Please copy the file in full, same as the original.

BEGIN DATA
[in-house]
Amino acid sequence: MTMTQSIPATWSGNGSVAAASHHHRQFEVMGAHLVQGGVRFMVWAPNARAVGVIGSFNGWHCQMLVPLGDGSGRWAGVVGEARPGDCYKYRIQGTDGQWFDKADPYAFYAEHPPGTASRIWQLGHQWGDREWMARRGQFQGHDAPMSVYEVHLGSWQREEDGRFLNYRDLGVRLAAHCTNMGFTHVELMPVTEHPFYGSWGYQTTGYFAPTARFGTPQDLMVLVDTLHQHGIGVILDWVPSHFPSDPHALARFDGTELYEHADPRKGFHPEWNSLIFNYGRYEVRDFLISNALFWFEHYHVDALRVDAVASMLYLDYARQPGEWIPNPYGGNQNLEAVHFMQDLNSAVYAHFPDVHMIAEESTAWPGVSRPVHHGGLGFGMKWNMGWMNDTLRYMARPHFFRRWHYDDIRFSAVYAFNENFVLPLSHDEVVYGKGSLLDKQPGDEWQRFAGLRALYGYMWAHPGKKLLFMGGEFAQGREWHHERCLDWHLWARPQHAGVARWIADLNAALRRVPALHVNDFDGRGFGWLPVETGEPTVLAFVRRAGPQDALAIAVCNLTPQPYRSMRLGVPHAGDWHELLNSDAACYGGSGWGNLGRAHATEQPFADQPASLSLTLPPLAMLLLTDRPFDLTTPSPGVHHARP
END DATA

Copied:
[in-house]
Amino acid sequence: MTMTQSIPATWSGNGSVAAASHHHRQFEVMGAHLVQGGVRFMVWAPNARAVGVIGSFNGWHCQMLVPLGDGSGRWAGVVGEARPGDCYKYRIQGTDGQWFDKADPYAFYAEHPPGTASRIWQLGHQWGDREWMARRGQFQGHDAPMSVYEVHLGSWQREEDGRFLNYRDLGVRLAAHCTNMGFTHVELMPVTEHPFYGSWGYQTTGYFAPTARFGTPQDLMVLVDTLHQHGIGVILDWVPSHFPSDPHALARFDGTELYEHADPRKGFHPEWNSLIFNYGRYEVRDFLISNALFWFEHYHVDALRVDAVASMLYLDYARQPGEWIPNPYGGNQNLEAVHFMQDLNSAVYAHFPDVHMIAEESTAWPGVSRPVHHGGLGFGMKWNMGWMNDTLRYMARPHFFRRWHYDDIRFSAVYAFNENFVLPLSHDEVVYGKGSLLDKQPGDEWQRFAGLRALYGYMWAHPGKKLLFMGGEFAQGREWHHERCLDWHLWARPQHAGVARWIADLNAALRRVPALHVNDFDGRGFGWLPVETGEPTVLAFVRRAGPQDALAIAVCNLTPQPYRSMRLGVPHAGDWHELLNSDAACYGGSGWGNLGRAHATEQPFADQPASLSLTLPPLAMLLLTDRPFDLTTPSPGVHHARP